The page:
Gatineau Park – Exploring Carbide Willson ruins

Gatineau Park is undoubtedly one of the jewels of the National Capital Region and one of the most popular attractions in the Outaouais region. Imagine, more than 350 square kilometres of greenery, miles and miles of trails for hiking, biking, skiing or snowshoeing and many lakes and streams.

And yet, I had never visited it before last weekend. Yes, I know, shame on me for not having gone there earlier. I stopped counting the number of friends who looked at me in a bizarre way after I confessed to them that I had never gone there. Living in the Ottawa area and never having visited Gatineau Park is like living in Paris and never having visited Versailles. Well, I’m exaggerating a bit, but let’s just say I had to go.

Especially that, beyond its natural attractions, Gatineau Park is rich in history. So I decided to explore the park and one of its unusual places: the Carbide Willson ruins. A place that has already been part of the list of “40 most beautiful forgotten places in the world” of the Geneva daily Le Temps (a list in which we also find the Eastern State Penitentiary that I visited a few weeks ago).

Carbide Willson ruins in Gatineau Park
The river that used to feed the turbines of the mill

Thomas “Carbide” Willson was a scientist and inventor of the early 20th century who made a fortune in developing a process for creating carbide calcium (hence his nickname). In 1907, he settled on the shores of Meech Lake (in what is now Gatineau Park) and built a laboratory mill a little further in the forest to experiment with the transformation of phosphoric acid into fertilizer. Rumor has it that he has settled deep in the woods to avoid getting his ideas stolen by competitors.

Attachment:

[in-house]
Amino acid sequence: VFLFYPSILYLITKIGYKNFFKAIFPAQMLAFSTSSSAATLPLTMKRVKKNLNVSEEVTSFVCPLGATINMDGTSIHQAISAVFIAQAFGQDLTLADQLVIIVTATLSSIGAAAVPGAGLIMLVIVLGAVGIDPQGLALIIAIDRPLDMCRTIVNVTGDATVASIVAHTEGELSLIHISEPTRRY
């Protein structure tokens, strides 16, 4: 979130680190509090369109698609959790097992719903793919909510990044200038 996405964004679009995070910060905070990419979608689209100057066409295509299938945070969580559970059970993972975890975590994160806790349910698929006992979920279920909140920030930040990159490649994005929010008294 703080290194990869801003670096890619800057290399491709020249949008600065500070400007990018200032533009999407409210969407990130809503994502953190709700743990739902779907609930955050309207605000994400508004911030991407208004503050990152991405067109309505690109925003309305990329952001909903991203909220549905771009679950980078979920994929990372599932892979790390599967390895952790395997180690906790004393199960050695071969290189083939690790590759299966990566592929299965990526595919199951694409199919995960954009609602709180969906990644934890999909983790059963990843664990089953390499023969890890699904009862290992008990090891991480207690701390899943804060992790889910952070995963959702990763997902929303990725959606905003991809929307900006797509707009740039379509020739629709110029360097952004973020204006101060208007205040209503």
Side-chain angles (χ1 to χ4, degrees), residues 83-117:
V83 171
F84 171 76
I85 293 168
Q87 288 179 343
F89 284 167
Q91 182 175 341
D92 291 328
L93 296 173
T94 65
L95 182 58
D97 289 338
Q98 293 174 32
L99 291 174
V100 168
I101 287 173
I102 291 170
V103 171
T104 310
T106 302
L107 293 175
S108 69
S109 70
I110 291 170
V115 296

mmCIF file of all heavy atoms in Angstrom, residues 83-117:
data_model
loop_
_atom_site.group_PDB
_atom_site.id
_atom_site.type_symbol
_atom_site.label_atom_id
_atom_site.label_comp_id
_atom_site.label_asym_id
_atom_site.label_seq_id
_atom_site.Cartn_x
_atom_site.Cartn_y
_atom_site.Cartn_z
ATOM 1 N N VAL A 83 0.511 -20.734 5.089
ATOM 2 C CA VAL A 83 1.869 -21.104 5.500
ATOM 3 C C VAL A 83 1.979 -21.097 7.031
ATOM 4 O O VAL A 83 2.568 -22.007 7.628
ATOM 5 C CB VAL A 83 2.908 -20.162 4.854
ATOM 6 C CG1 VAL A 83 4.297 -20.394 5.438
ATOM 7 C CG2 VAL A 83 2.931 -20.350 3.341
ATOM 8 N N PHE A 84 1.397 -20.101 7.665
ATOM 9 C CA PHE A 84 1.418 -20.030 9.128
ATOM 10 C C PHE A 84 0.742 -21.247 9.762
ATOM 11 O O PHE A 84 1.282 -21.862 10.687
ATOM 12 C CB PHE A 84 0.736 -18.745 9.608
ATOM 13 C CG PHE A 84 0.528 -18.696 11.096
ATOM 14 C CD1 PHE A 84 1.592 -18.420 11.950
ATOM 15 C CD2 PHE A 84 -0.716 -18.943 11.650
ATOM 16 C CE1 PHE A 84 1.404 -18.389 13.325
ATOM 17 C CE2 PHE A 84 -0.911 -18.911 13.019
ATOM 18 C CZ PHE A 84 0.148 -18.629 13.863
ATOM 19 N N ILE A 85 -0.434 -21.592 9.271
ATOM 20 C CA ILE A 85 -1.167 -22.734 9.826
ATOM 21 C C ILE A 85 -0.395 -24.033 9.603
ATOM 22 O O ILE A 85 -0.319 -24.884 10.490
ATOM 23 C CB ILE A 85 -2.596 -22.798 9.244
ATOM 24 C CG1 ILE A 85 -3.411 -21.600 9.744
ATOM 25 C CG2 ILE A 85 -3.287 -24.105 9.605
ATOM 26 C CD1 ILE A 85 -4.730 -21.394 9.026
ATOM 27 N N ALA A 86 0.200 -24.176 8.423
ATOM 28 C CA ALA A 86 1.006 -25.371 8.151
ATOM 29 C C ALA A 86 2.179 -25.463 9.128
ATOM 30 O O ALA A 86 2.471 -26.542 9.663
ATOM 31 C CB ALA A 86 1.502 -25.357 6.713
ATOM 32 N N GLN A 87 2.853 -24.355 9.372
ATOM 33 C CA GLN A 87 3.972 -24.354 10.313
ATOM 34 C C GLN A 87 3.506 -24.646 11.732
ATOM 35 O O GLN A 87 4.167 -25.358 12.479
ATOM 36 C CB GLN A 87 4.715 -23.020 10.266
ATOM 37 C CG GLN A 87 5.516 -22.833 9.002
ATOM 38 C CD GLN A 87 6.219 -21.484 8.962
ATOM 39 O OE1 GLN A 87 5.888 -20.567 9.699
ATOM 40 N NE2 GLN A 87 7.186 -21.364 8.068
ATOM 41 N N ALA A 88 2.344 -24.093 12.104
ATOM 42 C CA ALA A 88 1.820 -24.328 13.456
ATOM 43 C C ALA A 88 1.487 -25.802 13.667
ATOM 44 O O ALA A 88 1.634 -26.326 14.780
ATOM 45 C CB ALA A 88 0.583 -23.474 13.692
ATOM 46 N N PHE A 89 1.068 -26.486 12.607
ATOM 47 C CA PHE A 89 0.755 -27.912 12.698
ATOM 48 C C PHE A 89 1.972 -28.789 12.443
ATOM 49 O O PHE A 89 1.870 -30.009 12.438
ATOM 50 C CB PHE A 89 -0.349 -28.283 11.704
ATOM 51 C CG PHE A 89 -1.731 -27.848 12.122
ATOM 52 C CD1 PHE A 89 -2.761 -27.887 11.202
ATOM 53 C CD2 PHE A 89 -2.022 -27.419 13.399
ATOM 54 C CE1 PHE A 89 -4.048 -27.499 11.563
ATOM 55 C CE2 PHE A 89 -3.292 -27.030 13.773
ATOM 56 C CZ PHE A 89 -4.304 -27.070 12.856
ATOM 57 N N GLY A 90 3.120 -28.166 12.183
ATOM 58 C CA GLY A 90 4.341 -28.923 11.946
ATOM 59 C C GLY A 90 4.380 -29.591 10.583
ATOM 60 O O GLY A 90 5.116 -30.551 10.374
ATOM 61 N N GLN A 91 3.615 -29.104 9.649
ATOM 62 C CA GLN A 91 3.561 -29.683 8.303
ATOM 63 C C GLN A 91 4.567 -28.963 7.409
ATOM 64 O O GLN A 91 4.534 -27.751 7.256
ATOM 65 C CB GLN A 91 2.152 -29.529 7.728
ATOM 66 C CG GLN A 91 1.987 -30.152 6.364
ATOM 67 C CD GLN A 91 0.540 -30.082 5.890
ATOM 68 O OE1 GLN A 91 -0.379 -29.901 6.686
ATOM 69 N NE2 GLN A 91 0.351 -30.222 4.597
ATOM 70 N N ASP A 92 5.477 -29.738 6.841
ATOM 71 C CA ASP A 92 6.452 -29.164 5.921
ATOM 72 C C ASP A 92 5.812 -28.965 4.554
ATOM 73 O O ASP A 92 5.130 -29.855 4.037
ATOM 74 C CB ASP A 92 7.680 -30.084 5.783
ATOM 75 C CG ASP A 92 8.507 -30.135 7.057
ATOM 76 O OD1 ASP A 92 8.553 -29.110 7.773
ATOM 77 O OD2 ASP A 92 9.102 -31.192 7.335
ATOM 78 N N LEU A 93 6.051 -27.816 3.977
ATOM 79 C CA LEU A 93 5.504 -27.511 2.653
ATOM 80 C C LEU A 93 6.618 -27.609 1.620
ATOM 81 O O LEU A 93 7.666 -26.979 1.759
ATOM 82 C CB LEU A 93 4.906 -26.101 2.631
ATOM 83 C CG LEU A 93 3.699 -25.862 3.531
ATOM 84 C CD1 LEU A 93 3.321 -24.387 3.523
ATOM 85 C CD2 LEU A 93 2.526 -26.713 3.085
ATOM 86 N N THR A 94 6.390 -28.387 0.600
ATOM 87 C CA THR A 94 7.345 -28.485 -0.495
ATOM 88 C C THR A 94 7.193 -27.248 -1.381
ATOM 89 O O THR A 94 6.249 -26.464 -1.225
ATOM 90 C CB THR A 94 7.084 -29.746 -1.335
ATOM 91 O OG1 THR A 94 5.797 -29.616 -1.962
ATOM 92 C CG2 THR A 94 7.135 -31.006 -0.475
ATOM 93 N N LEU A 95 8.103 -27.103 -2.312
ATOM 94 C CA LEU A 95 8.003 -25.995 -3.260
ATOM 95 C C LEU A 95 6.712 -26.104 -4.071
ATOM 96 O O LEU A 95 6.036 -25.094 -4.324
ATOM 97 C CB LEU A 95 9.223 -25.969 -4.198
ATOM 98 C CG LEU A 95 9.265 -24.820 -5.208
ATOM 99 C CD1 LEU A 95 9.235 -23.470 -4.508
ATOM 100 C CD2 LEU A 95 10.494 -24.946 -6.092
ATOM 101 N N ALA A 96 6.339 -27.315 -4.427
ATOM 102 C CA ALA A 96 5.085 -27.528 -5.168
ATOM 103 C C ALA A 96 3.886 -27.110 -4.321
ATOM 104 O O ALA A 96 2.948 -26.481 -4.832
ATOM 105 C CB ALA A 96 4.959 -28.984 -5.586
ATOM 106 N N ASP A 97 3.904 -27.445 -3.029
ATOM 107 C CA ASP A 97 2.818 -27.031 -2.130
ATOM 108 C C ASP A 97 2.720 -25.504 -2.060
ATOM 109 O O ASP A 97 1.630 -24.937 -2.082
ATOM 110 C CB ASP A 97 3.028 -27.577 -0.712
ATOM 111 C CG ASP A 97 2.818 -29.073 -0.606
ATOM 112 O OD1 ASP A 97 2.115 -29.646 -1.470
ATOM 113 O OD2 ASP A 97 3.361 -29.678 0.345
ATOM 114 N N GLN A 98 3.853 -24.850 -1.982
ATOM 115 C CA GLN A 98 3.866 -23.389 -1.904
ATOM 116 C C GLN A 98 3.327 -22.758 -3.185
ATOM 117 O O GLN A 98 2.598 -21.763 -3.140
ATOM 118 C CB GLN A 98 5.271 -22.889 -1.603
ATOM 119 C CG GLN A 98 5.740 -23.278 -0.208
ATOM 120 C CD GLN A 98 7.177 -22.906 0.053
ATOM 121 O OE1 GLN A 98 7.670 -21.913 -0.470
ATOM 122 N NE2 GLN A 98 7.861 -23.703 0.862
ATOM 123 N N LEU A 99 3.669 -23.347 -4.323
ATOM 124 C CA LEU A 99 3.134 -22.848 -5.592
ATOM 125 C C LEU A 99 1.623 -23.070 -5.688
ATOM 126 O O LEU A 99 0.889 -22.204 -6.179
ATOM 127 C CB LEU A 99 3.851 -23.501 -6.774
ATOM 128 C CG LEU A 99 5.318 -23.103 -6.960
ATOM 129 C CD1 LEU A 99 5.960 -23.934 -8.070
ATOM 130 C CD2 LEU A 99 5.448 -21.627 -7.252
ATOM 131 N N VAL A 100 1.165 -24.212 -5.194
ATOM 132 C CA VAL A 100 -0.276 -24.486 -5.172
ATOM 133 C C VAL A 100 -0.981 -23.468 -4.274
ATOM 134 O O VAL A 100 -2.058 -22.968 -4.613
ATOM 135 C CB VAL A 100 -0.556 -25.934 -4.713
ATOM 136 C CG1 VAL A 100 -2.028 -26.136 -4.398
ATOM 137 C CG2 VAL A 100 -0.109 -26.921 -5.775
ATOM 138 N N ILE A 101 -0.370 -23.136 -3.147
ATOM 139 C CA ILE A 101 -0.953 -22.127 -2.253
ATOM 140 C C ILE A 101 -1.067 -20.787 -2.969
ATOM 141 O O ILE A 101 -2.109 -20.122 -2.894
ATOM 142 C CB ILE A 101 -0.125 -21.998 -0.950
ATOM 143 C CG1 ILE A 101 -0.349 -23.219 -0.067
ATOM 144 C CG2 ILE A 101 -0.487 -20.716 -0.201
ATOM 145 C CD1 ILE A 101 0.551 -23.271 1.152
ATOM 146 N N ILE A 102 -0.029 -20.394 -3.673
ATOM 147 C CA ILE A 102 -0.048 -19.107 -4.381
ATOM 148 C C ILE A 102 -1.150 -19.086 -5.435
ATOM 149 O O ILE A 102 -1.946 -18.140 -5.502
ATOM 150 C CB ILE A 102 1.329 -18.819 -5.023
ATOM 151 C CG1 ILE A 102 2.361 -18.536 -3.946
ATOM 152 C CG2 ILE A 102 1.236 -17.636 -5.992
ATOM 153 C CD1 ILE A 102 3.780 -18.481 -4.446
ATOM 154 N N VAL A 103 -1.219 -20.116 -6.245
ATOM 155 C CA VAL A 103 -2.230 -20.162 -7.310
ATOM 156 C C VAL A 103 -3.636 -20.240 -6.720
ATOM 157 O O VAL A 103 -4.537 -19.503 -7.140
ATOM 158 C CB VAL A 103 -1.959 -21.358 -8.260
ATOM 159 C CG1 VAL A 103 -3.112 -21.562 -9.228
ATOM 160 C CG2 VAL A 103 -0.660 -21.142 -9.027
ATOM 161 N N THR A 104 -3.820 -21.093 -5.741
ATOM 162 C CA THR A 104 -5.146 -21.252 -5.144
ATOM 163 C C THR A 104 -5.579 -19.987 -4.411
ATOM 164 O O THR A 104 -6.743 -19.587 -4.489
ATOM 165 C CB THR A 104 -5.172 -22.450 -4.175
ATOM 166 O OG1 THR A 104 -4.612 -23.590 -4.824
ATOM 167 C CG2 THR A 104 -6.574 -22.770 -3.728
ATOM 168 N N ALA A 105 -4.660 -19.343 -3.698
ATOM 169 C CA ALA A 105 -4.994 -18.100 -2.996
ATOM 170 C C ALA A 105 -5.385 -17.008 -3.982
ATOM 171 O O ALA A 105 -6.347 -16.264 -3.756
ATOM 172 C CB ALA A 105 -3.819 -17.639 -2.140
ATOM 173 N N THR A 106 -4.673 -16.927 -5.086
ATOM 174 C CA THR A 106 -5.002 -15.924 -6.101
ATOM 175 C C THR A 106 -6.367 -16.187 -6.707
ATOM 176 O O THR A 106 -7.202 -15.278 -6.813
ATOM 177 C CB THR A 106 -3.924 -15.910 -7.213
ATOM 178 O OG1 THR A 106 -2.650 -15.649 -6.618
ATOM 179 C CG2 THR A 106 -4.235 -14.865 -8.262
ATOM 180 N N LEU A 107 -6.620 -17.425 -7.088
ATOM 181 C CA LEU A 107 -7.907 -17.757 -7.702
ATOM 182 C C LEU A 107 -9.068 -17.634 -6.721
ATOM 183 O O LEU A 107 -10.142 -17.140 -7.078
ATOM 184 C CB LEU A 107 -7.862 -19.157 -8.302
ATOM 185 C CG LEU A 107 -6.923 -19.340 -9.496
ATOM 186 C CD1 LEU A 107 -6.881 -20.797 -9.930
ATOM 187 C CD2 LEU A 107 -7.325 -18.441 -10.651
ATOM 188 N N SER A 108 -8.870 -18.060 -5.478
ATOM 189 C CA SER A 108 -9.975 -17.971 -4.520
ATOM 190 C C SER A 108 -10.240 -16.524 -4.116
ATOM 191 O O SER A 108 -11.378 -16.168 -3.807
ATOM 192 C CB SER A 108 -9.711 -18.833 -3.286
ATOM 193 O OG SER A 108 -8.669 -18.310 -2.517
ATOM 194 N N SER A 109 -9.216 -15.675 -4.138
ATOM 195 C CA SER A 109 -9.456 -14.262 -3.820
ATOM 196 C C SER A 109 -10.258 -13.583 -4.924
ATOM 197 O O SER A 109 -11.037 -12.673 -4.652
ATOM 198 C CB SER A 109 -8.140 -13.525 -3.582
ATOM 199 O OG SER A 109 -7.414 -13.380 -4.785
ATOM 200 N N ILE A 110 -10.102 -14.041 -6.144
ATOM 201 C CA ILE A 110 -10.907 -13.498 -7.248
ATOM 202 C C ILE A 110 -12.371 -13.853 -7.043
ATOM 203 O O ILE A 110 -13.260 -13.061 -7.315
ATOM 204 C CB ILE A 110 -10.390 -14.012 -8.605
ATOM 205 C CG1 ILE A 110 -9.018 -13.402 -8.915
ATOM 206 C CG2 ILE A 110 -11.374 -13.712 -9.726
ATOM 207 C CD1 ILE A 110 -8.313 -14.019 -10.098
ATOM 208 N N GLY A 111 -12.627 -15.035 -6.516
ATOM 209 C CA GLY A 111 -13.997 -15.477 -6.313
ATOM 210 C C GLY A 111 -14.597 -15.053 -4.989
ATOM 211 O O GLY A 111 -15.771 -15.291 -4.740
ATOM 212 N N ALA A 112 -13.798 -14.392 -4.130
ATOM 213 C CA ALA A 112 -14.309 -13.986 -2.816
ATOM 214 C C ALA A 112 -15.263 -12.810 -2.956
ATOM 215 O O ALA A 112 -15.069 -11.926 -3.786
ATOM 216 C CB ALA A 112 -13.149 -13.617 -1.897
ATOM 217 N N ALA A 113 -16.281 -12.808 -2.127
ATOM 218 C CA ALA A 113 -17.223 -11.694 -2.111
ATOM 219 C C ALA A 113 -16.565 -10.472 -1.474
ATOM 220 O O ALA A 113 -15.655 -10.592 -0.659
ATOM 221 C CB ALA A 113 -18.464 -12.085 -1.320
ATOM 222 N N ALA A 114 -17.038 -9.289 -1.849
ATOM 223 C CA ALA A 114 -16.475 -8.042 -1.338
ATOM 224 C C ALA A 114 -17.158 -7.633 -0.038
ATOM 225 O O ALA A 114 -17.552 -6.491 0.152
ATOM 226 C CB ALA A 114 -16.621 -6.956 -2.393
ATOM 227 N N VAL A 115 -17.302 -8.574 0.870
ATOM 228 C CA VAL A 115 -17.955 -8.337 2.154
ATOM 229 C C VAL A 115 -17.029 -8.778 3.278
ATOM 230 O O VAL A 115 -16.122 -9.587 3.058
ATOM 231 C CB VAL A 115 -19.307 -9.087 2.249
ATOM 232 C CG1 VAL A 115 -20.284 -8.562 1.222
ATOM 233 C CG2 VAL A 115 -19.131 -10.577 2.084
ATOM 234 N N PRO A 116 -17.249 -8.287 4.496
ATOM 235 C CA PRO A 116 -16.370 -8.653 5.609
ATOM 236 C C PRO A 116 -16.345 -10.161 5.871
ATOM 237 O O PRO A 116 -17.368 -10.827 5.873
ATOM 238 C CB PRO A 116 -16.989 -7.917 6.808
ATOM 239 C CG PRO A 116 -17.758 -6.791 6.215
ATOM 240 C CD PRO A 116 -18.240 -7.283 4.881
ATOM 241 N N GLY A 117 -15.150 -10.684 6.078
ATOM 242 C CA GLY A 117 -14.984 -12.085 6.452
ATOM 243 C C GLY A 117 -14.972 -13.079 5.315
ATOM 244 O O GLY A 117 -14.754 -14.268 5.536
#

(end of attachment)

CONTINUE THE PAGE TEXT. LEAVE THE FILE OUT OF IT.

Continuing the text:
Carbide Willson was passionate and believed that his experiments would revolutionize the world of fertilization. He invested all his savings in his projects and eventually found himself unable to pay his creditors. Its properties on Meech Lake were passed over to a tobacco giant, who did not see the point in continuing the fertilization experiments and left the mill falling into ruin.

Carbide Willson ruins in Gatineau Park
Inside the mill

These ruins are today a particularly photogenic place. There is something magical when you finally arrive in front of them after walking about twenty minutes in the forest. They reinforce the impression that Gatineau Park is full of enchanting and secret places … just waiting to be discovered!

To get to the ruins, you must follow Trail 36 from the P11 parking lot, up to the signs indicating the path to the ruins. It’s a beautiful walk in the forest, and not very complicated!

And another interesting fact … Willson’s former home on the shores of Meech Lake is now used as a conference centre for the federal government. This is where the famous Meech Lake Accord was negotiated … But that’s another story!


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